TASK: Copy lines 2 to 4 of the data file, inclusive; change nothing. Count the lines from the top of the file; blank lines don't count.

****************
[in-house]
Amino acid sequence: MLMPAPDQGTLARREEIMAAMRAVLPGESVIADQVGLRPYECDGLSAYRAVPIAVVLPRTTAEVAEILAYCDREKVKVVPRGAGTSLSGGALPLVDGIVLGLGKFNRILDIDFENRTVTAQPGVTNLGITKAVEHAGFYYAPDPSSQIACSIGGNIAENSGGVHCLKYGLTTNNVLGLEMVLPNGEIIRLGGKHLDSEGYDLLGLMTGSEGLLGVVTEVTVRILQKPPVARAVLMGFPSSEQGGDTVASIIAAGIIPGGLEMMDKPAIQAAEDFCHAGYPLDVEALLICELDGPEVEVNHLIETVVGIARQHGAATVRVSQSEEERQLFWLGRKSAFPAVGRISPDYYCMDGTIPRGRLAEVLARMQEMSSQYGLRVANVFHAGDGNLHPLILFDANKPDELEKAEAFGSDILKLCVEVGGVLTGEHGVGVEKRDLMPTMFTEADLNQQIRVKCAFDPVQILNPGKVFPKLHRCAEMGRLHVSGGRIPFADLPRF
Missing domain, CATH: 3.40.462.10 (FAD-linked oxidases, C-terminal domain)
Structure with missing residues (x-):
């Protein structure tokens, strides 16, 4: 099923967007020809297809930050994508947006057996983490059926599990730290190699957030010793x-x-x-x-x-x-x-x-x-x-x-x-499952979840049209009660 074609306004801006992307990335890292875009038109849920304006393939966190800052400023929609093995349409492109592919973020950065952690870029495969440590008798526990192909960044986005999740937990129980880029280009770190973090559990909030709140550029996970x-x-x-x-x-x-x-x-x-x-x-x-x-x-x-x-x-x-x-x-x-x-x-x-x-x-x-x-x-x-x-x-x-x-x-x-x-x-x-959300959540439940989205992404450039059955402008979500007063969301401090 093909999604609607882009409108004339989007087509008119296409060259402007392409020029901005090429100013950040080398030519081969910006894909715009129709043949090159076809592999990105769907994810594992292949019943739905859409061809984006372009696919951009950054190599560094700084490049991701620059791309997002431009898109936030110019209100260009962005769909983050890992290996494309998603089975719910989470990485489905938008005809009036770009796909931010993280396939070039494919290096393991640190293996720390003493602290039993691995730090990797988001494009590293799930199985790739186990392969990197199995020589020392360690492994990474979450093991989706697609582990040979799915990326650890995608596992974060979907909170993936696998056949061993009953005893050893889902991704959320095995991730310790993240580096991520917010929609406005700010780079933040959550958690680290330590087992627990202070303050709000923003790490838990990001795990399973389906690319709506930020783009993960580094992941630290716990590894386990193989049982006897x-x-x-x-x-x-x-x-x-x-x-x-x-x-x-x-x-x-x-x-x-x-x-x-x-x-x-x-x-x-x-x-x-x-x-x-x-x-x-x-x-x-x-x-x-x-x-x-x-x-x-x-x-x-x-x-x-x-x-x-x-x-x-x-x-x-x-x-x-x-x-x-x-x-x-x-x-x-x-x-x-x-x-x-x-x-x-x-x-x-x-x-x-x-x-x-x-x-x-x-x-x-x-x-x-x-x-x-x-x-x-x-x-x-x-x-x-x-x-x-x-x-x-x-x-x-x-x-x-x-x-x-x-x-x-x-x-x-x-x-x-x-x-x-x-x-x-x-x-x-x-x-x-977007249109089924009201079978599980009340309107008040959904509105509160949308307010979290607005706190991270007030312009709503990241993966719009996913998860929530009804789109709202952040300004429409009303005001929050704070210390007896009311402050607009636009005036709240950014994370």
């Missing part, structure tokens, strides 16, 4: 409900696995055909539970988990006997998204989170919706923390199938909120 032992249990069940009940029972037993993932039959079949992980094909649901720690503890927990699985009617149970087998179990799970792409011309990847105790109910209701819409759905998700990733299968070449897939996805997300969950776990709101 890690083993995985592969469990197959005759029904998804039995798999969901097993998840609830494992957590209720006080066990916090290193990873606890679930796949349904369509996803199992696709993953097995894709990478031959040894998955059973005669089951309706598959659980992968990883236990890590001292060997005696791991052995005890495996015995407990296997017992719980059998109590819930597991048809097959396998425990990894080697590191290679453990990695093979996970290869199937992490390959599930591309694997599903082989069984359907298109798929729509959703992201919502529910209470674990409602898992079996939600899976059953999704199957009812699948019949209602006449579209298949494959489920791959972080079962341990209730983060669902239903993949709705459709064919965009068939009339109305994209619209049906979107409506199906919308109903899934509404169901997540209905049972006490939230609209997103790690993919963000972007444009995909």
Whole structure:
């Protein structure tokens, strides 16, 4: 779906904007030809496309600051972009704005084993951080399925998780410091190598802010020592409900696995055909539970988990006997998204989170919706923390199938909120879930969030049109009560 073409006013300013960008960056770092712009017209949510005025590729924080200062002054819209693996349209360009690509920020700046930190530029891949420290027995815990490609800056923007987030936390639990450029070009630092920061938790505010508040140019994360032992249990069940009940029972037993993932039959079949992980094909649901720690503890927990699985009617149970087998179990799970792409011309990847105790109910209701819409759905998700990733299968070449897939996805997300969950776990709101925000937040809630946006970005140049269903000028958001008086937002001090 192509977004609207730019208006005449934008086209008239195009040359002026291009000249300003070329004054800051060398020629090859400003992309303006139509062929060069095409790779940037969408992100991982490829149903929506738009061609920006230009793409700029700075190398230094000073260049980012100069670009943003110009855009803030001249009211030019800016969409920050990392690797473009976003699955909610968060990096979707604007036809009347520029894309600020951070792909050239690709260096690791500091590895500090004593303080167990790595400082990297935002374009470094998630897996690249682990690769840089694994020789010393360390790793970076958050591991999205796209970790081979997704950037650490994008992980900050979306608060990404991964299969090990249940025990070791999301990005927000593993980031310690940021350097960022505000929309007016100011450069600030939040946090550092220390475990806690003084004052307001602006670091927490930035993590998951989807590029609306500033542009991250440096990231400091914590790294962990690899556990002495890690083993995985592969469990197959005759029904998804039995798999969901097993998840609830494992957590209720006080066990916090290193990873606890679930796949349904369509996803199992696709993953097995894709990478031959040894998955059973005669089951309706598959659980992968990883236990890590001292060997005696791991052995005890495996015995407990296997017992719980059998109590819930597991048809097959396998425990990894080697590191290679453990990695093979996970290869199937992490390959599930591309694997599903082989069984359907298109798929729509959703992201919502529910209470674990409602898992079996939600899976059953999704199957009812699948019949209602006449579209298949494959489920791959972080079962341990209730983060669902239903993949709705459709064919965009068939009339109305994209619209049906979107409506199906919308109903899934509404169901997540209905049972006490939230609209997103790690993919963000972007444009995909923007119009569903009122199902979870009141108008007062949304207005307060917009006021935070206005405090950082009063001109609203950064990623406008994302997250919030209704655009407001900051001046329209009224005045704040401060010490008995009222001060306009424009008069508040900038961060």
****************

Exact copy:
Amino acid sequence: MLMPAPDQGTLARREEIMAAMRAVLPGESVIADQVGLRPYECDGLSAYRAVPIAVVLPRTTAEVAEILAYCDREKVKVVPRGAGTSLSGGALPLVDGIVLGLGKFNRILDIDFENRTVTAQPGVTNLGITKAVEHAGFYYAPDPSSQIACSIGGNIAENSGGVHCLKYGLTTNNVLGLEMVLPNGEIIRLGGKHLDSEGYDLLGLMTGSEGLLGVVTEVTVRILQKPPVARAVLMGFPSSEQGGDTVASIIAAGIIPGGLEMMDKPAIQAAEDFCHAGYPLDVEALLICELDGPEVEVNHLIETVVGIARQHGAATVRVSQSEEERQLFWLGRKSAFPAVGRISPDYYCMDGTIPRGRLAEVLARMQEMSSQYGLRVANVFHAGDGNLHPLILFDANKPDELEKAEAFGSDILKLCVEVGGVLTGEHGVGVEKRDLMPTMFTEADLNQQIRVKCAFDPVQILNPGKVFPKLHRCAEMGRLHVSGGRIPFADLPRF
Missing domain, CATH: 3.40.462.10 (FAD-linked oxidases, C-terminal domain)
Structure with missing residues (x-):